WASHINGTON (Reuters) - After the declaration on Saturday that Democrat Joe Biden had won the race for the White House, Republican President Donald Trump and his allies made one thing clear: he does not plan to concede anytime soon.
The president, who has spent months trying to undermine the election results with unproven allegations of fraud, pledged on Saturday to go forward with a legal strategy that he hopes will overturn state results that gave Biden the win in Tuesday’s vote. Trump aides and Republican allies, while somewhat conflicted on how to proceed, largely supported his strategy or remained silent.
“The simple fact is this election is far from over. Joe Biden has not been certified as the winner of any states, let alone any of the highly contested states headed for mandatory recounts, or states where our campaign has valid and legitimate legal challenges that could determine the ultimate victor,” Trump said in a statement released by his campaign around midday.
The president’s allies and advisers privately admitted that the former New York businessman’s chances of overturning the election results and staying in the White House were slim. While preparing for an eventual concession, they called for time to let the legal challenges run their course.
“He should allow the recounts to go forward, file whatever claims there are, and then if nothing changes he should concede,” said one Trump advisor.
The Trump campaign and Republicans have brought numerous lawsuits over alleged election irregularities. Judges tossed cases in Georgia, Michigan and Nevada.
In Pennsylvania, judges sided with Republicans and ordered some provisional ballots set aside and granted Republican observers greater access to vote counting. Legal experts said the legal challenges were too narrow in scope to have an impact on the outcome of the election.
Meanwhile, Republicans are trying to raise at least $60 million to fund legal challenges, sources told Reuters.
“He should make sure every vote is counted and demand transparency. That puts him on solid rhetorical grounds,” said another former White House official.
Trump was at his golf property in Virginia when the race was called for Biden. Clusters of Biden supporters lined two blocks of his motorcade’s route back on Saturday afternoon. Trump re-entered the White House wearing a “Make America Great Again” hat, looking glum with a cell phone in his hand. Biden supporters gathered and celebrated loudly near the White House.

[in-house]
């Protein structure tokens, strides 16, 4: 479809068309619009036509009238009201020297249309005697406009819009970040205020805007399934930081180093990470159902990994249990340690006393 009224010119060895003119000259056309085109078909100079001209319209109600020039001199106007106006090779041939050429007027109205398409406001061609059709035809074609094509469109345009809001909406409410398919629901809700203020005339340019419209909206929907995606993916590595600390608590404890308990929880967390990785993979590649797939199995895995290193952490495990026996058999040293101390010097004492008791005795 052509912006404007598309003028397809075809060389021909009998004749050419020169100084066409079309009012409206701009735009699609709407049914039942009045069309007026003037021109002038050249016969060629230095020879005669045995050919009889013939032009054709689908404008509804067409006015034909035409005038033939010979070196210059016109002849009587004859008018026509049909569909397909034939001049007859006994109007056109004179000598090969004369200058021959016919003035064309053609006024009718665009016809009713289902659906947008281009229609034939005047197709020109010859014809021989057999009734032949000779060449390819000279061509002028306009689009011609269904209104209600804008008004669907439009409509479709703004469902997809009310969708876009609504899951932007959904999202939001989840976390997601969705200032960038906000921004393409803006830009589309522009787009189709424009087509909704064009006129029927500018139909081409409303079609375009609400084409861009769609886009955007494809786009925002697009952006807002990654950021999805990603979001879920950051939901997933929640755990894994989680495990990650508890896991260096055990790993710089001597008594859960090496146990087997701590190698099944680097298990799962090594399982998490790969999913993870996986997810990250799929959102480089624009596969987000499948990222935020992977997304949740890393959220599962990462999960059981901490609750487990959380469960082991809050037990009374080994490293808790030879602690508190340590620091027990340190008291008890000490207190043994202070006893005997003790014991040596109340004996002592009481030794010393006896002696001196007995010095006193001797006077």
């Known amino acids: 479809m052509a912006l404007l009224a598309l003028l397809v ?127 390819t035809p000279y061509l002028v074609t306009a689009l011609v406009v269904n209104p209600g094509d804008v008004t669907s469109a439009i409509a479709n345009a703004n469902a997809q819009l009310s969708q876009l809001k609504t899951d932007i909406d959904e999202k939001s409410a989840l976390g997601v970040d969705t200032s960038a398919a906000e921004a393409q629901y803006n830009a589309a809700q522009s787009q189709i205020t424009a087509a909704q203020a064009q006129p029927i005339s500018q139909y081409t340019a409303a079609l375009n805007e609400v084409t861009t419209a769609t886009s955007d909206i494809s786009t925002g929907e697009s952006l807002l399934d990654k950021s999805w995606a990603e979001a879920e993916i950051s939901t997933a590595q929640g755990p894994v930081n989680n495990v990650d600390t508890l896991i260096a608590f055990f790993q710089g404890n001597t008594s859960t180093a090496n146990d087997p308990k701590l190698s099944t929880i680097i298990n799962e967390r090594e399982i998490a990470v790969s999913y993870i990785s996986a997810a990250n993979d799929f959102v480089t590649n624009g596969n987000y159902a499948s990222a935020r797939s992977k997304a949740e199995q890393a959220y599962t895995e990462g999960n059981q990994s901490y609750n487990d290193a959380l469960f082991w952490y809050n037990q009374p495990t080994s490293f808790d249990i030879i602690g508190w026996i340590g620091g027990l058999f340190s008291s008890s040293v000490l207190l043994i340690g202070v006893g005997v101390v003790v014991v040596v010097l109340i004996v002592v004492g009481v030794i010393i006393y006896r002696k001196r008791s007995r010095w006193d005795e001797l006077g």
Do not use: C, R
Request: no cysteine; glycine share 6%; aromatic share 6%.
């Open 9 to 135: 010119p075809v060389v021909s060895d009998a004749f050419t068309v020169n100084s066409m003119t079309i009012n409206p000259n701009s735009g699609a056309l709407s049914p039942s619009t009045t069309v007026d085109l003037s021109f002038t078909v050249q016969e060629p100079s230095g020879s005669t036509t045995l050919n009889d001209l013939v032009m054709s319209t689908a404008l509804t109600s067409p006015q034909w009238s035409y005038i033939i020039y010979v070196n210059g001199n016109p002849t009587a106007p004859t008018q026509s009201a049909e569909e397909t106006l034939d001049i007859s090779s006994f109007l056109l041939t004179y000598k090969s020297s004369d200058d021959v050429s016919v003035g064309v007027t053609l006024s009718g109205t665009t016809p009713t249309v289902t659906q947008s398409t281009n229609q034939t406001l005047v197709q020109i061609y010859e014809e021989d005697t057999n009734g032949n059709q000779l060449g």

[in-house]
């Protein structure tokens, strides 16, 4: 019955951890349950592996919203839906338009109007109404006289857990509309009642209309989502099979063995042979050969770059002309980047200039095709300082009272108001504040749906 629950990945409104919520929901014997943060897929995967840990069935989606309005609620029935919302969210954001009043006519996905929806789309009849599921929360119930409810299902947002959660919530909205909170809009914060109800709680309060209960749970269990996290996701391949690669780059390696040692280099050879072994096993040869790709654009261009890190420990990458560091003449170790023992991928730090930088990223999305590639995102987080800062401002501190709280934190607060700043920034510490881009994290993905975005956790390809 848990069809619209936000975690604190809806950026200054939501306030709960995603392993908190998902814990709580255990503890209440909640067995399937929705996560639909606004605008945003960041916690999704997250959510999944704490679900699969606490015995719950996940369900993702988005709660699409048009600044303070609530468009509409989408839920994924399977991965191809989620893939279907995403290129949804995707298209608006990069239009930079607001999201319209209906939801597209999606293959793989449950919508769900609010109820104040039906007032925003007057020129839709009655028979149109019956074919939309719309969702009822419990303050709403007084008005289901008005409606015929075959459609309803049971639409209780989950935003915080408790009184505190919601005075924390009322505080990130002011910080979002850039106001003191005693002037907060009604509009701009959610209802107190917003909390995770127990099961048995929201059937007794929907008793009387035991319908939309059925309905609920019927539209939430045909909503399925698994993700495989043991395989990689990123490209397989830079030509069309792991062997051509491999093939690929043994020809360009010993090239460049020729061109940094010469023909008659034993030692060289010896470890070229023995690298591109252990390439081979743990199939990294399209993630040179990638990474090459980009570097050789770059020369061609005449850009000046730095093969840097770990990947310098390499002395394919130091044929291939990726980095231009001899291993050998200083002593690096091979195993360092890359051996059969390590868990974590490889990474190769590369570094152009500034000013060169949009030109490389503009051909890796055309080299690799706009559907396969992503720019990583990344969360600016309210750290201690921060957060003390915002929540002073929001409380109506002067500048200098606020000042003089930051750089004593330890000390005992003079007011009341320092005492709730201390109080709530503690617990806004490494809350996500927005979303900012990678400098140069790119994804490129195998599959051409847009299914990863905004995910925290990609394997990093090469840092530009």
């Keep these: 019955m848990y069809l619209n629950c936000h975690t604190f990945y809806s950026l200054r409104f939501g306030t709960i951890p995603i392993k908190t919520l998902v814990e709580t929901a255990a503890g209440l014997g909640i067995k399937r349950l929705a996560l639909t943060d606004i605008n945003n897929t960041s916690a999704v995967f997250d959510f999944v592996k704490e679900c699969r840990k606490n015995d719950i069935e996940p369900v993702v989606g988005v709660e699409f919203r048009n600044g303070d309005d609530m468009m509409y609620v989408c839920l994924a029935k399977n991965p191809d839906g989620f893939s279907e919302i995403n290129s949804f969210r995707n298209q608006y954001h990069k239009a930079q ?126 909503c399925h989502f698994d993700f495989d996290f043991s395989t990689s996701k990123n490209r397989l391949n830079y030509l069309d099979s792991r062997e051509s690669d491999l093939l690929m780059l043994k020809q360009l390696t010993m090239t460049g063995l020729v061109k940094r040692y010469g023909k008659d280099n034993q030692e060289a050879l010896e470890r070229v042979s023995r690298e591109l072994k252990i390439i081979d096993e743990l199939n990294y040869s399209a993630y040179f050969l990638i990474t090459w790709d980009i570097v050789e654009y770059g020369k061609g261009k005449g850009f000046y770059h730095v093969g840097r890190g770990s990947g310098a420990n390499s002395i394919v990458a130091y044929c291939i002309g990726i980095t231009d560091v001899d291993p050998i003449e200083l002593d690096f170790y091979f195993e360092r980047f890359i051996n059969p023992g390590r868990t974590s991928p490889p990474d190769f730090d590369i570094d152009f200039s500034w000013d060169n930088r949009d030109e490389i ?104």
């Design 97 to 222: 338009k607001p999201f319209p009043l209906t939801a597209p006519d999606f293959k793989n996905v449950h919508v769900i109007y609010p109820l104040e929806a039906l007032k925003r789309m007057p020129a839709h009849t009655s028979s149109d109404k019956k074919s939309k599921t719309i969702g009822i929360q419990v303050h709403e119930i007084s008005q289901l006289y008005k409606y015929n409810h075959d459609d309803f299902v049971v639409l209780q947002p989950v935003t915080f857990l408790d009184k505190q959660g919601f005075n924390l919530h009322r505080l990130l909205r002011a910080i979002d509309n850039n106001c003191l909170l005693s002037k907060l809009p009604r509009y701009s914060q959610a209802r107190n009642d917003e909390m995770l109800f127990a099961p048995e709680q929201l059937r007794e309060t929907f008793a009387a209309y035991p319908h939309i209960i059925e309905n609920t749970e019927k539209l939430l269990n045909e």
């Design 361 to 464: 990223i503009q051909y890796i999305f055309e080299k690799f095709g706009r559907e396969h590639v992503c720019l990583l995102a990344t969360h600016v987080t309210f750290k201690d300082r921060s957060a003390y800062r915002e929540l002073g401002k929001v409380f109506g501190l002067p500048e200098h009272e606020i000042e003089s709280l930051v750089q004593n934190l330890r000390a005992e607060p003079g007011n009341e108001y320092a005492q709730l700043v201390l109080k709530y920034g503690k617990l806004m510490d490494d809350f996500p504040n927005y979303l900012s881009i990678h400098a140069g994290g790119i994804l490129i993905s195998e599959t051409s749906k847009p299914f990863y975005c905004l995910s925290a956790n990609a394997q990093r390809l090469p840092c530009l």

Republicans worried that Trump could tarnish his legacy if he does not eventually make a graceful exit, eroding his future political power. “It will be impossible for him to run again in 2024 if he’s seen as a sore loser,” a congressional Republican source said.
Fox News host Laura Ingraham, a staunch Trump defender, on Friday urged the president, if and when the time came, to accept an unfavorable outcome with “grace and composure,” and the Wall Street Journal’s conservative editorial board wrote that Trump “needs evidence to prove voter fraud.”
“If Mr. Biden has 270 Electoral College votes at the end of the counting and litigation, President Trump will have a decision to make. We hope in that event he would concede gracefully,” it said.
Biden crossed that crucial threshold on Saturday by winning the battleground state of Pennsylvania.
One Trump adviser said White House Chief of Staff Mark Meadows would likely be the aide who would raise with Trump the idea of conceding. Meadows came down with the coronavirus this week and is under quarantine.
Another former adviser said Vice President Mike Pence or senior adviser and Trump son-in-law Jared Kushner would have the job of telling the president when it was time to concede.
Indeed, CNN reported late on Saturday that Kushner had approached Trump about conceding. A White House spokesman did not immediately respond to a request for comment.
“President Trump is entitled to take the time he wants to absorb this. It was close and it’s not productive to demand an immediate concession,” said Ari Fleischer, who was a White House press secretary in the George W. Bush administration.
“The best thing to keep this country together is to give the president a reasonable period of time to accept the results.”
Reporting by Jeff Mason, Steve Holland, Andrea Shalal and Alexandra Alper; Editing by Heather Timmons, Paul Simao and Daniel Wallis
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